Freelance Proposals and Pricing

standout100% of You Have Done This

One hundred percent is a bold prediction, but I am confident in my calculations. What is it that all of you have done? Freelance. Even if you work in a full-time job, you have been contacted and asked to assist in a project for a friend, associate or acquaintance. How can I be so sure? It’s a matter of numbers. And, if you are an active freelancer, you need to ask yourself – ‘Am I getting noticed?’

Freelancers can be segmented into three categories: Full-Time Freelancers, Part-Time Freelancers and the Occasional Freelancer.

Over the past five years, content production and design needs have escalated to the point that it would be difficult to name one business that has not had a need for the creative. Hundreds of businesses open daily. They need logos, websites, advertising, content, and more.

Having done my share of freelance work as an “Occasional Freelancer,” I can offer a few suggestions for those of you just getting your feet wet.

1. Never work with someone that says, “I don’t have a lot of money, but…” Trust me.

2. Charge a flat fee for some projects. This just means that you should value the work that you do. A logo, for instance, might take just two to three hours to create. If you charge $50 an hour, that’s $150 and perhaps the most important investment a company can make. Value it for what it is, not the time it takes to create it. Some of us work faster than others, but it doesn’t change the worth of that logo. As the foundation of a business, my suggestion is to start at $750 as a flat fee.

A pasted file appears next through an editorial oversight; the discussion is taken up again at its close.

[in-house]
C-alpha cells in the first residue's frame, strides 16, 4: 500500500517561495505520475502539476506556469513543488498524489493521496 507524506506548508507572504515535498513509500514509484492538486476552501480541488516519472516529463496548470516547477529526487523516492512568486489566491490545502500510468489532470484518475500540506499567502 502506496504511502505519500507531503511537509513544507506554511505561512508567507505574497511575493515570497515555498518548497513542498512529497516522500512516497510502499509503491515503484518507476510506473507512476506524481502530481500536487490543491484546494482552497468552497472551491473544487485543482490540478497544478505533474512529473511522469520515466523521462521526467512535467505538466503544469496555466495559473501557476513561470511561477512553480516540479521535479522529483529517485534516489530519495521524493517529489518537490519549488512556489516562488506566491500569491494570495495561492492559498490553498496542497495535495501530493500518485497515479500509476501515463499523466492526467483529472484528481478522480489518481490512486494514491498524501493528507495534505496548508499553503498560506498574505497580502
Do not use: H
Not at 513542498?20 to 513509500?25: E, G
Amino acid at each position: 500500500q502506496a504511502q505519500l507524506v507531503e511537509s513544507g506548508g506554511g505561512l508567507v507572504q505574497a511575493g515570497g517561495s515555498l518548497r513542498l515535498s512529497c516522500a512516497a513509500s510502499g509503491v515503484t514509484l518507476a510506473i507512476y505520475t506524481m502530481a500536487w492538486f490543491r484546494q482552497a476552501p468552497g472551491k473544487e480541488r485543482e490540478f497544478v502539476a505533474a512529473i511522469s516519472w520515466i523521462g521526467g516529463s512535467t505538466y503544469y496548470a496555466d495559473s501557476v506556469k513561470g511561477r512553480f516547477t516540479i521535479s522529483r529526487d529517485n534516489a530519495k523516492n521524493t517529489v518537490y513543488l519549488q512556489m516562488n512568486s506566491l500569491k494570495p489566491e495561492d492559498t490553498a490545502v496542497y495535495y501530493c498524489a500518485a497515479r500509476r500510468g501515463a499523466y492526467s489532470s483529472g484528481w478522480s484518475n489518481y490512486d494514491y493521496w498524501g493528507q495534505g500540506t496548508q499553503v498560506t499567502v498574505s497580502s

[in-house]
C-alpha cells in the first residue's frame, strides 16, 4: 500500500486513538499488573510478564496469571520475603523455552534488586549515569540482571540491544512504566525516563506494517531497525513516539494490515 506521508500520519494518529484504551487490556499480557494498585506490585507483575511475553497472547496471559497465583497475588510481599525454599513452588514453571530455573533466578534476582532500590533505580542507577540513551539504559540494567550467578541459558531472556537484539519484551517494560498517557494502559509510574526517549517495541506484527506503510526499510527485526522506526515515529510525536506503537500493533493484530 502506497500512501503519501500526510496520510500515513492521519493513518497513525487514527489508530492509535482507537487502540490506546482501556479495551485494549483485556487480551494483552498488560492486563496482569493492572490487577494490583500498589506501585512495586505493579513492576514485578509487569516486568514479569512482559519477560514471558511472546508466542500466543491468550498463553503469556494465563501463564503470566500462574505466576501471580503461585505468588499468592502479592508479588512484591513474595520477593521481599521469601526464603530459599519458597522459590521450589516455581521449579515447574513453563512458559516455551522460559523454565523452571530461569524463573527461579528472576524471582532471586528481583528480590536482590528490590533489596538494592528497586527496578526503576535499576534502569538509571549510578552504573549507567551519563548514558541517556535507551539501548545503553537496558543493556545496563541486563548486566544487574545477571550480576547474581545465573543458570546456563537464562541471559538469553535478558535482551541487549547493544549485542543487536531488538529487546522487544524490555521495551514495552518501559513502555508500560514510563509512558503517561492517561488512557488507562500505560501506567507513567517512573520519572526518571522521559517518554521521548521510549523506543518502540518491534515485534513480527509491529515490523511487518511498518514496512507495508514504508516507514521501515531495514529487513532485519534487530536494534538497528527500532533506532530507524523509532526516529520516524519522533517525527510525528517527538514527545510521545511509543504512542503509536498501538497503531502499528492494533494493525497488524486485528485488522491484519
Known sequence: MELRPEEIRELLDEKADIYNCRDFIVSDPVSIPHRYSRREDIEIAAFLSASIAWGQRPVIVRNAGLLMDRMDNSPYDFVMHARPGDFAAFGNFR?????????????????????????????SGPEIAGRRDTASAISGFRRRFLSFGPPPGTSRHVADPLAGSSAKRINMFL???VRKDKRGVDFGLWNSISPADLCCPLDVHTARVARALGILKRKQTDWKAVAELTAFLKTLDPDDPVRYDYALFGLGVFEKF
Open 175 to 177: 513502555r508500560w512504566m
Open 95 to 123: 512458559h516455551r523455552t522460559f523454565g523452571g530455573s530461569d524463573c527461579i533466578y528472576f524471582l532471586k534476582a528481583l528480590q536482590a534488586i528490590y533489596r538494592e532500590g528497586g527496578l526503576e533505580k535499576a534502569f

3. Keep learning. The winners in today’s technology-driven world are you – designers, creatives, artists, illustrators. Understand your own significance and continue to add skills and knowledge to your personal tool kit. It will not only make you vital, you will enjoy it!

4. Your sanity is more important than money. Don’t overpromise, overschedule or overengage clients that are unsure of what they want.

5. Sometimes you have to ruin your magnificent creation because your client wants to “help” with  designs or content. Let it go and move on. Yes you created it, but you don’t own it.


pppf_cover_1Tips On Freelancing

Negotiating a price for your brilliant creations is not always easy. The best way to start is to know how others are doing it. Pricing, Proposals and Positioning for Freelancers is a download from the pages of HOW Magazine that can provide you with information about creating proposals, developing positioning strategies and setting prices.

Most importantly, this digital download provides a step-by-step guide to what your project proposals should include suggested by freelance veterans who have learned from their own miscalculations. MORE


buildyourownbrandWho are you? What do you do? What are you selling? Why do I need it?

Social media has made the need for crafting a personal brand crucial. Your Facebook, Twitter, Linkedin all ask for bio information and personal interests. Even if you aren’t planning a freelance career, you need to ensure your personal brand is formed now.

It’s no surprise that businesses are beginning to scour social media platforms for potential new hires. Make sure you are communicating a positive self-image that any company would be proud to employ.

Robin Landa’s Build Your Own Brand suggests 80 prompts and exercises to develop your brand presence, visual identity and your personal elevator pitch. It’s a great book for understanding how to craft your message effectively. Learn more.

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